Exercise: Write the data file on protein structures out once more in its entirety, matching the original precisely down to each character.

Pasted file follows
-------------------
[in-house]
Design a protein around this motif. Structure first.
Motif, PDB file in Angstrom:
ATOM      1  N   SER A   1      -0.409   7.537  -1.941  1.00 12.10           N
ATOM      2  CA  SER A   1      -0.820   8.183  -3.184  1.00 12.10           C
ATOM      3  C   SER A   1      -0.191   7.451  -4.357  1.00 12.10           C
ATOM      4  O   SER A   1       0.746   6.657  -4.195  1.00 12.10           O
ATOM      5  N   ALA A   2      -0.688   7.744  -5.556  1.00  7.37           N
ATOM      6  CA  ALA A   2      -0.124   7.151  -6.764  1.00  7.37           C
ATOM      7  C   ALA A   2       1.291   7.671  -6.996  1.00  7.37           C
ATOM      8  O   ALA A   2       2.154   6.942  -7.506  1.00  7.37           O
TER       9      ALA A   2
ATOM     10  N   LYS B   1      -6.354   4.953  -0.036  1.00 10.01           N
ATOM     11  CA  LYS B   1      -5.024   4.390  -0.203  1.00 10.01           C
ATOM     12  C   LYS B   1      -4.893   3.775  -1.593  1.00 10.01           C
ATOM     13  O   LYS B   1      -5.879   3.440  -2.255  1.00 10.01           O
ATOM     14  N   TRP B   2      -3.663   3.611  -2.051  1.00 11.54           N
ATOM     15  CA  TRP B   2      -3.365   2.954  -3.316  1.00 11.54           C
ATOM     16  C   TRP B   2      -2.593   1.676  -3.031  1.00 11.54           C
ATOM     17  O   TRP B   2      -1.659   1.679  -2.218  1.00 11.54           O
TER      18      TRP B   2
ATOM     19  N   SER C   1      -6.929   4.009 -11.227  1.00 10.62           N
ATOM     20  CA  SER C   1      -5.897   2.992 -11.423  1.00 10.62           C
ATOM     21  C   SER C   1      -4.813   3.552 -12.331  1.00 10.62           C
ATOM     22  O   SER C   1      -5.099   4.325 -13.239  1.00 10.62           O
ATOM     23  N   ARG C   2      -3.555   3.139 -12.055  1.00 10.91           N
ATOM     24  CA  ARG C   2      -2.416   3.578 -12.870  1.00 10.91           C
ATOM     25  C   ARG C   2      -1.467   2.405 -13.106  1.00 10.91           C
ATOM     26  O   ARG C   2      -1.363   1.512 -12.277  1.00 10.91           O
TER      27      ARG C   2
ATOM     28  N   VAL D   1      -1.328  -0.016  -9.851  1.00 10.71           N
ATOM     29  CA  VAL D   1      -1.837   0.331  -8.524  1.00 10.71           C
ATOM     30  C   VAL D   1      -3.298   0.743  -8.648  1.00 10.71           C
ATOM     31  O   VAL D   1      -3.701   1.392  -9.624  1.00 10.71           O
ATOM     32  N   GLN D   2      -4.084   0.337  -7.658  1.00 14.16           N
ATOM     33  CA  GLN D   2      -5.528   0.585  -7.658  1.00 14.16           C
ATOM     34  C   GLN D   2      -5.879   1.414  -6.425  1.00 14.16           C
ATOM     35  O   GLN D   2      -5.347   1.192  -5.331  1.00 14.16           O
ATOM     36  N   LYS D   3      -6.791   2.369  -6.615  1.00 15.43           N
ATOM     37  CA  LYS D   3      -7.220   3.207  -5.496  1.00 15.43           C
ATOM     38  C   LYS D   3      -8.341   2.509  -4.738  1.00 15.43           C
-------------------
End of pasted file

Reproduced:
[in-house]
Design a protein around this motif. Structure first.
Motif, PDB file in Angstrom:
ATOM      1  N   SER A   1      -0.409   7.537  -1.941  1.00 12.10           N
ATOM      2  CA  SER A   1      -0.820   8.183  -3.184  1.00 12.10           C
ATOM      3  C   SER A   1      -0.191   7.451  -4.357  1.00 12.10           C
ATOM      4  O   SER A   1       0.746   6.657  -4.195  1.00 12.10           O
ATOM      5  N   ALA A   2      -0.688   7.744  -5.556  1.00  7.37           N
ATOM      6  CA  ALA A   2      -0.124   7.151  -6.764  1.00  7.37           C
ATOM      7  C   ALA A   2       1.291   7.671  -6.996  1.00  7.37           C
ATOM      8  O   ALA A   2       2.154   6.942  -7.506  1.00  7.37           O
TER       9      ALA A   2
ATOM     10  N   LYS B   1      -6.354   4.953  -0.036  1.00 10.01           N
ATOM     11  CA  LYS B   1      -5.024   4.390  -0.203  1.00 10.01           C
ATOM     12  C   LYS B   1      -4.893   3.775  -1.593  1.00 10.01           C
ATOM     13  O   LYS B   1      -5.879   3.440  -2.255  1.00 10.01           O
ATOM     14  N   TRP B   2      -3.663   3.611  -2.051  1.00 11.54           N
ATOM     15  CA  TRP B   2      -3.365   2.954  -3.316  1.00 11.54           C
ATOM     16  C   TRP B   2      -2.593   1.676  -3.031  1.00 11.54           C
ATOM     17  O   TRP B   2      -1.659   1.679  -2.218  1.00 11.54           O
TER      18      TRP B   2
ATOM     19  N   SER C   1      -6.929   4.009 -11.227  1.00 10.62           N
ATOM     20  CA  SER C   1      -5.897   2.992 -11.423  1.00 10.62           C
ATOM     21  C   SER C   1      -4.813   3.552 -12.331  1.00 10.62           C
ATOM     22  O   SER C   1      -5.099   4.325 -13.239  1.00 10.62           O
ATOM     23  N   ARG C   2      -3.555   3.139 -12.055  1.00 10.91           N
ATOM     24  CA  ARG C   2      -2.416   3.578 -12.870  1.00 10.91           C
ATOM     25  C   ARG C   2      -1.467   2.405 -13.106  1.00 10.91           C
ATOM     26  O   ARG C   2      -1.363   1.512 -12.277  1.00 10.91           O
TER      27      ARG C   2
ATOM     28  N   VAL D   1      -1.328  -0.016  -9.851  1.00 10.71           N
ATOM     29  CA  VAL D   1      -1.837   0.331  -8.524  1.00 10.71           C
ATOM     30  C   VAL D   1      -3.298   0.743  -8.648  1.00 10.71           C
ATOM     31  O   VAL D   1      -3.701   1.392  -9.624  1.00 10.71           O
ATOM     32  N   GLN D   2      -4.084   0.337  -7.658  1.00 14.16           N
ATOM     33  CA  GLN D   2      -5.528   0.585  -7.658  1.00 14.16           C
ATOM     34  C   GLN D   2      -5.879   1.414  -6.425  1.00 14.16           C
ATOM     35  O   GLN D   2      -5.347   1.192  -5.331  1.00 14.16           O
ATOM     36  N   LYS D   3      -6.791   2.369  -6.615  1.00 15.43           N
ATOM     37  CA  LYS D   3      -7.220   3.207  -5.496  1.00 15.43           C
ATOM     38  C   LYS D   3      -8.341   2.509  -4.738  1.00 15.43           C